Arden, 94, was the recipient of the Knight of the French National Order of the Legion of Honour.
It is France’s highest honour, bestowed on veterans who helped liberate the country during the Second World War.
Olds mayor Judy Dahl presented Arden with his medal on March 11 at Sunrise Village.
“He was very thrilled. He didn’t think there was going to be that many people there,” said his son Dale.
“My father is sort of representing all the others who aren’t still around to accept the awards. At least in his mind, he did nothing out of the ordinary. He lived long enough to get the awards. We’re all very proud of him and I think it’s a great honour.”
Dale works for the Department of National Defence and one day, received an email stating the French government wanted to hear from anybody who knew veterans that served in France. He filled out the paperwork needed for his father to receive the recognition.
Dale adds his father doesn’t talk about his wartime experience.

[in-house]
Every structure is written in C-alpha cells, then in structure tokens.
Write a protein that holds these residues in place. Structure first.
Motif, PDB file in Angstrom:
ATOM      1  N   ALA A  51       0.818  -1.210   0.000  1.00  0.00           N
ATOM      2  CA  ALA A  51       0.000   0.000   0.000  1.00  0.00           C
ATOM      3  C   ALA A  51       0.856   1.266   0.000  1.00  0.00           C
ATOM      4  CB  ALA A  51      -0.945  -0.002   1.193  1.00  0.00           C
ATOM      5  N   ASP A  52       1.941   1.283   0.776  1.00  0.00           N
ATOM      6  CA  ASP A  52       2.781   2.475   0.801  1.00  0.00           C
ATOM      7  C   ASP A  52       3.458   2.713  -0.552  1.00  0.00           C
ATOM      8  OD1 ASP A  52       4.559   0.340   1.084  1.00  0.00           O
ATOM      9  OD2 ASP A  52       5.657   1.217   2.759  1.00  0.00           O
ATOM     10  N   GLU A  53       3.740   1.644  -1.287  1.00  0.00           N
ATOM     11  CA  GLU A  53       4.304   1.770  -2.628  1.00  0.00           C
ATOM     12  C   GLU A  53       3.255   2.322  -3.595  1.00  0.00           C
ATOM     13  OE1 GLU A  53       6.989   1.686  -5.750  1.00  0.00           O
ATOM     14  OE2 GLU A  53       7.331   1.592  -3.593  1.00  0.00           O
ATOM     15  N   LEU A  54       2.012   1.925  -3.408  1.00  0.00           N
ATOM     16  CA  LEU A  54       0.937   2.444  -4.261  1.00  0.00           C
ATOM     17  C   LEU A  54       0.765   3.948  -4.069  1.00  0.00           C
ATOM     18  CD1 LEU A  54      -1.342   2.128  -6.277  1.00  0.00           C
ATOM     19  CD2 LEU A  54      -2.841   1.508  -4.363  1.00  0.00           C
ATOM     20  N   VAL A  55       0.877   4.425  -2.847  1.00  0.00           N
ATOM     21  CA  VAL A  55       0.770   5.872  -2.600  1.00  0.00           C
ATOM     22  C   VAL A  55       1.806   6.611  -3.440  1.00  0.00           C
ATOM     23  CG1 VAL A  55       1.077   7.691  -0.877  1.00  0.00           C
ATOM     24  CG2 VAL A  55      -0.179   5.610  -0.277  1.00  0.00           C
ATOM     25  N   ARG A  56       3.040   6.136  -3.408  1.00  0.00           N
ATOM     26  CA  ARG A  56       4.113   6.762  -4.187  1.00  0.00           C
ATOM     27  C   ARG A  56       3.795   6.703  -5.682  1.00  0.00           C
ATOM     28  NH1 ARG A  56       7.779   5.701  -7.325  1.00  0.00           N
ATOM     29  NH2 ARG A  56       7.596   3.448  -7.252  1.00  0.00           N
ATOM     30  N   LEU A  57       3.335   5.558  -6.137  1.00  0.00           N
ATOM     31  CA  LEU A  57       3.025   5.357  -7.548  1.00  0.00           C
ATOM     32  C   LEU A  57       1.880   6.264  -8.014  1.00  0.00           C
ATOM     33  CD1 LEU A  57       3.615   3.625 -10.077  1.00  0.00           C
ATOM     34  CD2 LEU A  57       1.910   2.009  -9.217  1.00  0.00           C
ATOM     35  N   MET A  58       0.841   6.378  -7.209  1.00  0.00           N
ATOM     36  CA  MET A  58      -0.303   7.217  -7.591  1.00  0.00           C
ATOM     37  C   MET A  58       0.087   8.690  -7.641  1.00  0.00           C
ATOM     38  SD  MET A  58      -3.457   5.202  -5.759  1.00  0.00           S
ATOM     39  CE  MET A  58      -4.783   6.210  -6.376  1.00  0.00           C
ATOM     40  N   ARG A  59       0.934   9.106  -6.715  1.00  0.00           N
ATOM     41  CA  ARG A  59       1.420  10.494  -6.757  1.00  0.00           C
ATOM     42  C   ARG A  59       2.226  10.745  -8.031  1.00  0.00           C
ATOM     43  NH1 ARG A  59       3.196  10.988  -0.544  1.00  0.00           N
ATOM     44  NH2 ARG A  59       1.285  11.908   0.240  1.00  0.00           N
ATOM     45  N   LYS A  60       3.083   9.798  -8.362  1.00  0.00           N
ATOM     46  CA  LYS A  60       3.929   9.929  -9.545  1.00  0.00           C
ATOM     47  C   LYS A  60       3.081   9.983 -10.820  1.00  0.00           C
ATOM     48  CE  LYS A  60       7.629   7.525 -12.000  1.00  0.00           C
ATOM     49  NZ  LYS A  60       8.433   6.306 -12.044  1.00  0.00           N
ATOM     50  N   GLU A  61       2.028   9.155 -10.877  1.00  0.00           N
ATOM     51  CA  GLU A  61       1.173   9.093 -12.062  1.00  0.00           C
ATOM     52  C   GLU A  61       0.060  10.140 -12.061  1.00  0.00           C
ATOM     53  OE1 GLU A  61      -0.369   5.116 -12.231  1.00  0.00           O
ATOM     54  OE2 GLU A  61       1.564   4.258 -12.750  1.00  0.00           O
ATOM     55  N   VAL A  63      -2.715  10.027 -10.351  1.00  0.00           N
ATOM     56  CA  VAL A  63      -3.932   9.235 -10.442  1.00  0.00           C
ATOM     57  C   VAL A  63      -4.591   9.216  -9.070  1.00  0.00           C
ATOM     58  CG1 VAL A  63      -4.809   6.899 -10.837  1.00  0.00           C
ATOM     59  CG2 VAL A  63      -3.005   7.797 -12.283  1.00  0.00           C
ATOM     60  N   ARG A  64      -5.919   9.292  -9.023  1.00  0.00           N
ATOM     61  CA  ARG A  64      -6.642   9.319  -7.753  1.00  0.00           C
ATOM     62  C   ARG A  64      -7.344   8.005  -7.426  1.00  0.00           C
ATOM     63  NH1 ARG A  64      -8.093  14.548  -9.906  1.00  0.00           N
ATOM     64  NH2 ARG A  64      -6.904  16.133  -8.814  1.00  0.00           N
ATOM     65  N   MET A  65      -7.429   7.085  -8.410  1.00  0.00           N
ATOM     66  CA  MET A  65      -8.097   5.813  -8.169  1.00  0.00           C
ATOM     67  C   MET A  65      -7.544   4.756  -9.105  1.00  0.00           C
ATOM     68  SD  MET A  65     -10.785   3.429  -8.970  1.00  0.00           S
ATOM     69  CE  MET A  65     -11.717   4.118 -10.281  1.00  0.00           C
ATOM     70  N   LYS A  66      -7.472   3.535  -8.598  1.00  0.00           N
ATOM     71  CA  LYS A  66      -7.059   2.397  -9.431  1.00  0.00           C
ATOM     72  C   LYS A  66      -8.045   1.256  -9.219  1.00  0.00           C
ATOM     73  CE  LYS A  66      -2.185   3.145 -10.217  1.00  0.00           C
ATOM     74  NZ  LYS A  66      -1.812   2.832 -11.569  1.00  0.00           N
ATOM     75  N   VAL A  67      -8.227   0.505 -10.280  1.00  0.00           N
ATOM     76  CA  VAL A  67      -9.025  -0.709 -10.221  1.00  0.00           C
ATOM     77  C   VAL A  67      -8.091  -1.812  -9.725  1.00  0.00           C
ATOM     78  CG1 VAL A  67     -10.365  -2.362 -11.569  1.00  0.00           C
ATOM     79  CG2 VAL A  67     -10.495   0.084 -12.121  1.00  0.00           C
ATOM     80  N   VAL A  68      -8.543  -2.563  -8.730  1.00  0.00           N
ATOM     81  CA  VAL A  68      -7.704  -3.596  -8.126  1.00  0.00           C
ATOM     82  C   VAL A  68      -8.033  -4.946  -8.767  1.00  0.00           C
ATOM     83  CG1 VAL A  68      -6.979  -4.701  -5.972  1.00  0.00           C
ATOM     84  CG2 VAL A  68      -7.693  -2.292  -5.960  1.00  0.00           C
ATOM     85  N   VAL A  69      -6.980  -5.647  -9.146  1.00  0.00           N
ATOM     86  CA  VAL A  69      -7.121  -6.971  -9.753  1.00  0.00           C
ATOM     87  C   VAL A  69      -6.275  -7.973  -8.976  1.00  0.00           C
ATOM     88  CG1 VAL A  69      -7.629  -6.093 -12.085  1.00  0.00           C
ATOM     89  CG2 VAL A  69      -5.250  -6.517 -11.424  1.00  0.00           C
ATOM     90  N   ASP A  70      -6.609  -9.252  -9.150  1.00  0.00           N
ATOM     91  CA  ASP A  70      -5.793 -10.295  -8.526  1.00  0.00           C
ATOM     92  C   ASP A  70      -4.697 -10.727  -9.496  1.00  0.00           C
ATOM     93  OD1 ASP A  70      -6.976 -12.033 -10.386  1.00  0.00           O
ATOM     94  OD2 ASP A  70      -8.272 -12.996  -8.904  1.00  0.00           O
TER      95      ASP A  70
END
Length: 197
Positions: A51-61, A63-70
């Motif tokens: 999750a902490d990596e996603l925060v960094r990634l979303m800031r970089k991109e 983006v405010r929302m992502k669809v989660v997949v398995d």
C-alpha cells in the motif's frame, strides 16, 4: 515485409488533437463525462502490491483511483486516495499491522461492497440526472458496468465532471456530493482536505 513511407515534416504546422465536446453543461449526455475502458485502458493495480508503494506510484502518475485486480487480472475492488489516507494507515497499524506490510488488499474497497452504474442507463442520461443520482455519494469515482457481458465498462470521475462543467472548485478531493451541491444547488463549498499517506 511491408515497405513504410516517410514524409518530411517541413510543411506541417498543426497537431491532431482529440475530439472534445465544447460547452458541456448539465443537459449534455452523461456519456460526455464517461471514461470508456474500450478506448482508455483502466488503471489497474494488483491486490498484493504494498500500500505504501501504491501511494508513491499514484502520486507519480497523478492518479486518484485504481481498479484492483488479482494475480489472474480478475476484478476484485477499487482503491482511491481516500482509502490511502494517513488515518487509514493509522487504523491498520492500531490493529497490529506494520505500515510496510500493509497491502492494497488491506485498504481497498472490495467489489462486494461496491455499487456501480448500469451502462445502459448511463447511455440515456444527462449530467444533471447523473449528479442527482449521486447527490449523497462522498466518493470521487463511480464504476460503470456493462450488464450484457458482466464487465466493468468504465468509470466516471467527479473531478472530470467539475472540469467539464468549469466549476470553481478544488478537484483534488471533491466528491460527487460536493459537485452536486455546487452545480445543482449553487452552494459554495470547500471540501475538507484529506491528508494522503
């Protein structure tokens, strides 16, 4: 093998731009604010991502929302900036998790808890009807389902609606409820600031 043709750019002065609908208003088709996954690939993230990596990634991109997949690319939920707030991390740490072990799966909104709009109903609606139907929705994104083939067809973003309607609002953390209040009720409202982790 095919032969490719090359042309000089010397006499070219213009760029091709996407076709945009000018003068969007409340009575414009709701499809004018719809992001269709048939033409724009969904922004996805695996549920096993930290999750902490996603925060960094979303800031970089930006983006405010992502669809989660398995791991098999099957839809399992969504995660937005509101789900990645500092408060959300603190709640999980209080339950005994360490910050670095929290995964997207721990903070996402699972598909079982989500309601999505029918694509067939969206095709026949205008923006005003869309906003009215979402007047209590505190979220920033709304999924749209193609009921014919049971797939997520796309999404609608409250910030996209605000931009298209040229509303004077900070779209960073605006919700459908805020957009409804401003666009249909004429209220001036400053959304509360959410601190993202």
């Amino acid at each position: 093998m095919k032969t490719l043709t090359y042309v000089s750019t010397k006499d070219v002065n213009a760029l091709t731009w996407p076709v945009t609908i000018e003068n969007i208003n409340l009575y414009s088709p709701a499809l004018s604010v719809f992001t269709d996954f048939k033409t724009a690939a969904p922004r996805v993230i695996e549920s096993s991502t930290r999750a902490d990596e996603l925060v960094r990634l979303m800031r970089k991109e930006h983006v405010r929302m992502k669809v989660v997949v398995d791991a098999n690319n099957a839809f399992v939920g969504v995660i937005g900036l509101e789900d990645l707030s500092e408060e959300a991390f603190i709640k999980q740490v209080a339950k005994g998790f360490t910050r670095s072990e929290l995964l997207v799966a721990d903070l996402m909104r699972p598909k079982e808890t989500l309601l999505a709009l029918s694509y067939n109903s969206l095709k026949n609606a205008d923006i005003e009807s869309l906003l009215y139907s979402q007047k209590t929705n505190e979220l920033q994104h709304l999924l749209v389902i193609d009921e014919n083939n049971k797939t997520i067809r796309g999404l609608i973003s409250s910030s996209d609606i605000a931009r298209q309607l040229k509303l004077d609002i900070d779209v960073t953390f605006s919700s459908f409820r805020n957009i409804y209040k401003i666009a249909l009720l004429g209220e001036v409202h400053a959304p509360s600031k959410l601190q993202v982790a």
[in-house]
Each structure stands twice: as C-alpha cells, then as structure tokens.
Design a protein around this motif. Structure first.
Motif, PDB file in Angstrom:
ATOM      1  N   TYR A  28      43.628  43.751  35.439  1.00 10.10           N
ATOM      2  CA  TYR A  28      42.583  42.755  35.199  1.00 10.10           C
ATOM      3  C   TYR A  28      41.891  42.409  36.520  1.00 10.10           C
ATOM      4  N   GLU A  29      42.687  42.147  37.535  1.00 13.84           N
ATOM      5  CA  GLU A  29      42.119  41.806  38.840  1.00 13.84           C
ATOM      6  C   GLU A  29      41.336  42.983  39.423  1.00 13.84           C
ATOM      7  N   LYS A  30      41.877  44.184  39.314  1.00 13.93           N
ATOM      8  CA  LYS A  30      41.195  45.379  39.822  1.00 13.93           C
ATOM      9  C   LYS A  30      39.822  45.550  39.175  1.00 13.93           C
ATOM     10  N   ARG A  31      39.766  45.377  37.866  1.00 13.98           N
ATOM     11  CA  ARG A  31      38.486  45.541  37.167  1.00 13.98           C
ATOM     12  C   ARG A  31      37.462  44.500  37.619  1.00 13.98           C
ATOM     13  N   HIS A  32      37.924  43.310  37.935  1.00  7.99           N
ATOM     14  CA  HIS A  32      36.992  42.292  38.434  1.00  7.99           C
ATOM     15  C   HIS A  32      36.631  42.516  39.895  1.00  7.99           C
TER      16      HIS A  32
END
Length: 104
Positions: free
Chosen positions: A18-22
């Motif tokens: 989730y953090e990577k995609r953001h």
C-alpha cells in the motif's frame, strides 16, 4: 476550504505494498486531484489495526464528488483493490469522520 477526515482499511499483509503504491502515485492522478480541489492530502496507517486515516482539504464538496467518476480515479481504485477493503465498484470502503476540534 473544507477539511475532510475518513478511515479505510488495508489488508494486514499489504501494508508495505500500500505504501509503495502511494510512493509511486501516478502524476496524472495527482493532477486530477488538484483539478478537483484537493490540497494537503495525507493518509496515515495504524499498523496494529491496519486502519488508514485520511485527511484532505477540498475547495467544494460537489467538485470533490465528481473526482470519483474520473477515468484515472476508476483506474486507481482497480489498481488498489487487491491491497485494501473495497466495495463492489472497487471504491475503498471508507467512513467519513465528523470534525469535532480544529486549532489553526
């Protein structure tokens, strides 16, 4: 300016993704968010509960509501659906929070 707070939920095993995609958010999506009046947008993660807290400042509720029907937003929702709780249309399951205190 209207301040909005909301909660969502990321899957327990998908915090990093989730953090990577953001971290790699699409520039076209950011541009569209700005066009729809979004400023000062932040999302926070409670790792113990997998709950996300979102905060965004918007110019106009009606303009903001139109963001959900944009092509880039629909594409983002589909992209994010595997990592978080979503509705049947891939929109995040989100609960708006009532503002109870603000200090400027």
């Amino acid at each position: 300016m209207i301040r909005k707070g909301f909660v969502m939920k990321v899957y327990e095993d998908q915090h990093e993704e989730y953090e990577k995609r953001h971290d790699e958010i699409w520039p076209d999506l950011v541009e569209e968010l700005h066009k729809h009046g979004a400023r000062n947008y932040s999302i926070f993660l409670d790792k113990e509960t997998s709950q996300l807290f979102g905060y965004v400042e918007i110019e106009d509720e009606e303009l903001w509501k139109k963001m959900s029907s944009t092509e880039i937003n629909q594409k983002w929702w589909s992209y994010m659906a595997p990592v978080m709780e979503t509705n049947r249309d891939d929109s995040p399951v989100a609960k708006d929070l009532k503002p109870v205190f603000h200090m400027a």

Arden lived most of his life in southern Alberta, residing in Medicine Hat, High River and Turner Valley.
He joined the army in 1942, taking a driver mechanic course.
Drafted overseas to Aldershot, England, he was an instructor in waterproofing vehicles.
Once assigned to the Argyle and Sutherland Highlander Infantry, Arden served as an infantryman, Brann gun carrier driver and truck driver.
He returned to Canada on compassionate grounds. His brother had been wounded in the war and his father died from cancer before he made it home in 1945.
After the war, Arden and his brother Frank operated a garage business.
He married Frances (Frankie) Thompson in 1952 and adopted her sons from a previous marriage, Richard and William. They had two more children: Dale and Evalynn.
George and Frankie Arden and have lived in Sunrise Village for just over 10 years.
“My father is sort of representing all the others who aren’t still around to accept the awards. At least in his mind, he did nothing out of the ordinary.”DALE ARDENSON OF HONOUREEGEORGE ARDEN